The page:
A federal appellate court on Monday directed the Obama administration to announce within 10 days whether or not it will continue to defend “Don’t Ask, Don’t Tell” in court in the wake of its decision to no longer litigate on behalf of the Defense of Marriage Act.
In an order dated July 11, the U.S. Ninth Circuit Court of Appeals states that the Justice Department must announce if it will continue to defend “Don’t Ask, Don’t Tell,” or, as was the case with DOMA, allow Congress to intervene to take up defense of the military’s gay ban.
“The Government is hereby ordered to advise the court whether it intends to submit a report to Congress … outlining its decision to refrain from defending ['Don't Ask, Don't Tell'],” the order states. “The Government is further ordered, if such a report is to be submitted, to advise whether it will do so within such time as to enable Congress to take action to intervene in timely fashion in this proceeding.”
The order states that this notification must be submitted within 10 days and take the form of letters to the court no longer than 10 pages or 2,800 words in length. A Justice Department spokesperson didn’t immediately respond to the Washington Blade’s request for comment on the issue.
The executive branch of the U.S. government has the authority to refrain from defending laws in court it believes are unconstitutional, but must notify Congress to provide that body the opportunity to take up defense of such laws.
That’s the situation that played out with DOMA. On Feb. 23, U.S. Attorney General Eric Holder notified Congress the Justice Department would no longer defend DOMA because the Obama administration determined the anti-gay law was unconstitutional. Following a party-line vote from the Bipartisan Legal Advisory Group, U.S. House Speaker John Boehner (R-Ohio) directed House general counsel to defend the anti-gay law and hired private attorney and former U.S. solicitor general Paul Clement to assist in the defense.
Holder says in the letter the administration came to the conclusion that DOMA was unconstitutional because all laws related to sexual orientation — not just DOMA — should be subject to heightened scrutiny under the law. “Don’t Ask, Don’t Tell” would fall under this category.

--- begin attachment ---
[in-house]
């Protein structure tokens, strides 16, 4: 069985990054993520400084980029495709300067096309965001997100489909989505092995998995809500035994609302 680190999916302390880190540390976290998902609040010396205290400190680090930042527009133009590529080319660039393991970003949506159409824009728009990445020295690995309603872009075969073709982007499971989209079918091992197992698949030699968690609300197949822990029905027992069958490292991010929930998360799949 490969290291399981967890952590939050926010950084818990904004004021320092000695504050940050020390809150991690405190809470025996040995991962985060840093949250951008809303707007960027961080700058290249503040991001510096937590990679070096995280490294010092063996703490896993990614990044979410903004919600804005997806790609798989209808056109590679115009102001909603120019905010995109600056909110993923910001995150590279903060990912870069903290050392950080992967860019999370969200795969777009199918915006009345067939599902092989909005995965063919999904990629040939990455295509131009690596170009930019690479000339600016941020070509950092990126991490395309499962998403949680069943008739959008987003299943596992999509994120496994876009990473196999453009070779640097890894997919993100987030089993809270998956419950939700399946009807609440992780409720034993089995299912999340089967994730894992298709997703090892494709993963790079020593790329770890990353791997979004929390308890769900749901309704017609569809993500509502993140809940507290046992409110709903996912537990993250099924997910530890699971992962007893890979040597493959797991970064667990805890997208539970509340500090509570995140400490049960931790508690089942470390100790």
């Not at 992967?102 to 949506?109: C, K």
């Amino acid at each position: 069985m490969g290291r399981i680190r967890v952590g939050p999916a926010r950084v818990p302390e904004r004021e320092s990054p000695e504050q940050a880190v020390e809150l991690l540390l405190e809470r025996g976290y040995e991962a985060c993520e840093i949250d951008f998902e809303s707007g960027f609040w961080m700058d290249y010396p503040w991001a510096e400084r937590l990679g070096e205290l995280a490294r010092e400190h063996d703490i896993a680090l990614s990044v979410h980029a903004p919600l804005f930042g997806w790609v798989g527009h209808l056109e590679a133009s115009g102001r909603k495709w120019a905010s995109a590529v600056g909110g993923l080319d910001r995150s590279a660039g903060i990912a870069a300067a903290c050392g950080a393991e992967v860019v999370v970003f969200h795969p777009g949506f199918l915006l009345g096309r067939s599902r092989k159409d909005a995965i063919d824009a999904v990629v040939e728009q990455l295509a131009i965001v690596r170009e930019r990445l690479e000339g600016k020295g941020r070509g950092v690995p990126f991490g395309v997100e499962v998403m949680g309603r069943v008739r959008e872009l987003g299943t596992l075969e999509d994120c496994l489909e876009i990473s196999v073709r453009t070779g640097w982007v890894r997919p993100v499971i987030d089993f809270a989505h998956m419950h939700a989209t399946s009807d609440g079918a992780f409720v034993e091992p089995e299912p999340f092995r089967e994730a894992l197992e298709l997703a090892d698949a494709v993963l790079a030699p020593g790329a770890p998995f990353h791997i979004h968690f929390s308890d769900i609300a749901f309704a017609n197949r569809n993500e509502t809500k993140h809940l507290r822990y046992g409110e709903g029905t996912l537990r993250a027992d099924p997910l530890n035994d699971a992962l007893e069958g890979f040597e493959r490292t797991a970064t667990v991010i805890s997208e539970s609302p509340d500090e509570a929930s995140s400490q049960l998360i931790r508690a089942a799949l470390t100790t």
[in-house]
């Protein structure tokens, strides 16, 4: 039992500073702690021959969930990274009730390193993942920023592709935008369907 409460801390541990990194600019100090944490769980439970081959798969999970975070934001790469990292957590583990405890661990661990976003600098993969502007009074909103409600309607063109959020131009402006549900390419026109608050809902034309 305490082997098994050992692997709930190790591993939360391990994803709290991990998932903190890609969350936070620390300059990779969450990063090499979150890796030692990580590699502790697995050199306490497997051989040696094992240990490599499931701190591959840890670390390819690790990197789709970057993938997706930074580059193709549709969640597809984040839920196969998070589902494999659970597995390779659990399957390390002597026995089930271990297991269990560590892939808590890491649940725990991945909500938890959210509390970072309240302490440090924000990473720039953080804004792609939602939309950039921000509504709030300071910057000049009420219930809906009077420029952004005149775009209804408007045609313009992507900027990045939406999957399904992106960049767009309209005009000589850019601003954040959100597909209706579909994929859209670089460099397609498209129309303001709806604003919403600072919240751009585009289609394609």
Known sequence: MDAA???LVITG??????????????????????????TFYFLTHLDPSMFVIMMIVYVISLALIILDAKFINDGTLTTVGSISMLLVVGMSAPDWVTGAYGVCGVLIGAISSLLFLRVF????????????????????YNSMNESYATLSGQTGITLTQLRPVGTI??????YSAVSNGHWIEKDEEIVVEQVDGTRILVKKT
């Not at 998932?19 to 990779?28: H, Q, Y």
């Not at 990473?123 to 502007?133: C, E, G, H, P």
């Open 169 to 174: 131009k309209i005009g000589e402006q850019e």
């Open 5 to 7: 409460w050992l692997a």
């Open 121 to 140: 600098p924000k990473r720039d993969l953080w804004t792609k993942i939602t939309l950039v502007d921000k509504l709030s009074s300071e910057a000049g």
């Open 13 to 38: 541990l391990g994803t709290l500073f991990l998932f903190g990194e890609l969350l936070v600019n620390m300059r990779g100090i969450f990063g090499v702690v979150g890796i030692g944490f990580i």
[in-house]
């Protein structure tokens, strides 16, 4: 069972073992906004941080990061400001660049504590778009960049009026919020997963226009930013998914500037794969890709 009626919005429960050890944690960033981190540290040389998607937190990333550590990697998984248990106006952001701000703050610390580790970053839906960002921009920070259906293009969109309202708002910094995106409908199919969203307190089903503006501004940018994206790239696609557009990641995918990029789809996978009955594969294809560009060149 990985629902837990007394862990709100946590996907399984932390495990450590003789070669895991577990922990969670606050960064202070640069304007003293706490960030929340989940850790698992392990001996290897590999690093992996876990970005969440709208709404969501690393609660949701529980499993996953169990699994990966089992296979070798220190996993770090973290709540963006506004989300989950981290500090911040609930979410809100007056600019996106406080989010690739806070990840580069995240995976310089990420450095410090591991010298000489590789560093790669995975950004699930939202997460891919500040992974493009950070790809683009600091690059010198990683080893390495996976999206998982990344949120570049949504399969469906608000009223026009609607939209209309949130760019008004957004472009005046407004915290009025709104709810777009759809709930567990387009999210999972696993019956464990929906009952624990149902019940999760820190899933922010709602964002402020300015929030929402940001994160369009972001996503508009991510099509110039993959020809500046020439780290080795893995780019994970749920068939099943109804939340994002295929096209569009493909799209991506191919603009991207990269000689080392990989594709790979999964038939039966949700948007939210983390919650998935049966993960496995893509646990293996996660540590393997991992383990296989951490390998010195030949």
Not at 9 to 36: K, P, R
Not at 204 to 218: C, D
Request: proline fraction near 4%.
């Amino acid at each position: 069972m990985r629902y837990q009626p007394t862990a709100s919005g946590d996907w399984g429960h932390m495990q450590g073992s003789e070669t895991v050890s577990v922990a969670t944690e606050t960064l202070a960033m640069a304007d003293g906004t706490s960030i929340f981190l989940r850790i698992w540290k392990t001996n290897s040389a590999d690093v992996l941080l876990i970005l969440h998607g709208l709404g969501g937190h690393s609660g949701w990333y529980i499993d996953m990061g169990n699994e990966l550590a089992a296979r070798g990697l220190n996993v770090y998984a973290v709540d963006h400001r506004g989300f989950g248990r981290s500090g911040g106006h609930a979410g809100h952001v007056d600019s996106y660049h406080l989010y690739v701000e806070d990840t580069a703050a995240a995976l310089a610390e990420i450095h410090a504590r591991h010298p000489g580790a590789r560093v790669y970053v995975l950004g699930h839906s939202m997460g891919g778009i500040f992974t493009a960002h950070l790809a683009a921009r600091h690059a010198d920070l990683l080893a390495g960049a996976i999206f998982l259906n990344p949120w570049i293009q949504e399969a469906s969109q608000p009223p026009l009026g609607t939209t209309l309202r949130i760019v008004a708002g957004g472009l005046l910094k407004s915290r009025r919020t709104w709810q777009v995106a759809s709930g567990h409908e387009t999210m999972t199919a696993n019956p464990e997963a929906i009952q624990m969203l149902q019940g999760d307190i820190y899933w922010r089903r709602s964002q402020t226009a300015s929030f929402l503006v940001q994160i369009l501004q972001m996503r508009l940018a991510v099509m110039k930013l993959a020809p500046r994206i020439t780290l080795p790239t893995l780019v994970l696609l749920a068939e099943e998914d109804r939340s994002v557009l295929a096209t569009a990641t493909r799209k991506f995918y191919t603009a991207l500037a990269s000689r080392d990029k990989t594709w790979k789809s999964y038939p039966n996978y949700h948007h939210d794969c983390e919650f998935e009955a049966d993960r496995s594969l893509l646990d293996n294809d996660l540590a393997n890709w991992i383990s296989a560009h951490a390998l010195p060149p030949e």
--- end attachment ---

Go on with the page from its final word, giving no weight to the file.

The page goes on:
In the wake of this determination for laws related to sexual orientation, the Ninth Circuit directs the government to clarify whether it will continue to defend “Don’t Ask, Don’t Tell.”
Dan Woods, an attorney with White & Case LLC who’s representing Log Cabin in the lawsuit, said the order in the case is “a really good thing” for opponents of “Don’t Ask, Don’t Tell.”
“It’s a really good thing that they’ve asked the government to decide whether they’re going to defend the constitutionality of ‘Don’t Ask, Don’t Tell’ or not,” Woods said. “They’re trying to have to both ways, and the Ninth Circuit is now forcing them to take an official position on that.”
Aubrey Sarvis, executive director of the Servicemembers Legal Defense Network, also praised the Ninth Circuit for directing the U.S. government to make its position clear on “Don’t Ask, Don’t Tell.”
“The Court of Appeals for the Ninth Circuit is correctly pressing the Department of Justice and Department of Defense on whether or not they intend to defend the constitutionality of ‘Don’t Ask, Don’t Tell,’” Sarvis said. “It is our hope they will not continue to do so, and we will soon have finality with certification and repeal.”
In the order, the Ninth Circuit also notes that the U.S. government hasn’t asserted “Don’t Ask, Don’t Tell” in its most recent legal briefs defending the statute and observes that the gay ban is active despite the repeal law that was signed last year.
“Therefore, the central issue this court must address on appeal is whether the district court properly held that ['Don't Ask, Don't Tell'] is unconstitutional,” the order states. “No party to this appeal has indicated an intention to defend the constitutionality of ['Don't Ask, Don't Tell'] or to argue that the constitutionality holding of the district court should be reversed.”
Under the repeal law signed in December, “Don’t Ask, Don’t Tell” won’t be off the books until 60 days pass after the president, the defense secretary and the chair of the Joint Chiefs of Staffs certify the military is ready for open service. Troops have been undertaking training to prepare for “Don’t Ask, Don’t Tell,” but certification has yet to take place.
In addition to ordering the U.S. government to declare whether it will continue defending “Don’t Ask, Don’t Tell,” the Ninth Circuit directs both parties in the case — plaintiffs and defendants — to explain why the case shouldn’t be considered moot in the wake of passage of repeal legislation.
Woods said he’s prepared to refile briefs explaining why the litigation should remain ongoing to comply with the court order.
“We’re happy to brief this again and we don’t think the case is going to be moot, we don’t think it should be dismissed because, among other things, there’s still this talk about repealing the repeal [in Congress],” Woods said. “There’s a bill pending to repeal the repeal. That should make it clear that this case shouldn’t be dismissed.”
The order comes after a three-judge panel on the Ninth Circuit on Wednesday reinstituted an injunction prohibiting the federal government from enforcing “Don’t Ask, Don’t Tell” as a result of the case, known as Log Cabin Republicans v. United States. On Friday, the Pentagon issued a moratorium on discharges under the gay ban to comply with this court order.
Observers are still awaiting the decision from the Justice Department on whether it will appeal the decision to reinstate the injunction.
“We don’t know that,” Woods said. “They haven’t decided that yet. We haven’t heard from the government one way or the other whether they’re going to seek some further review of last week’s Ninth Circuit order.”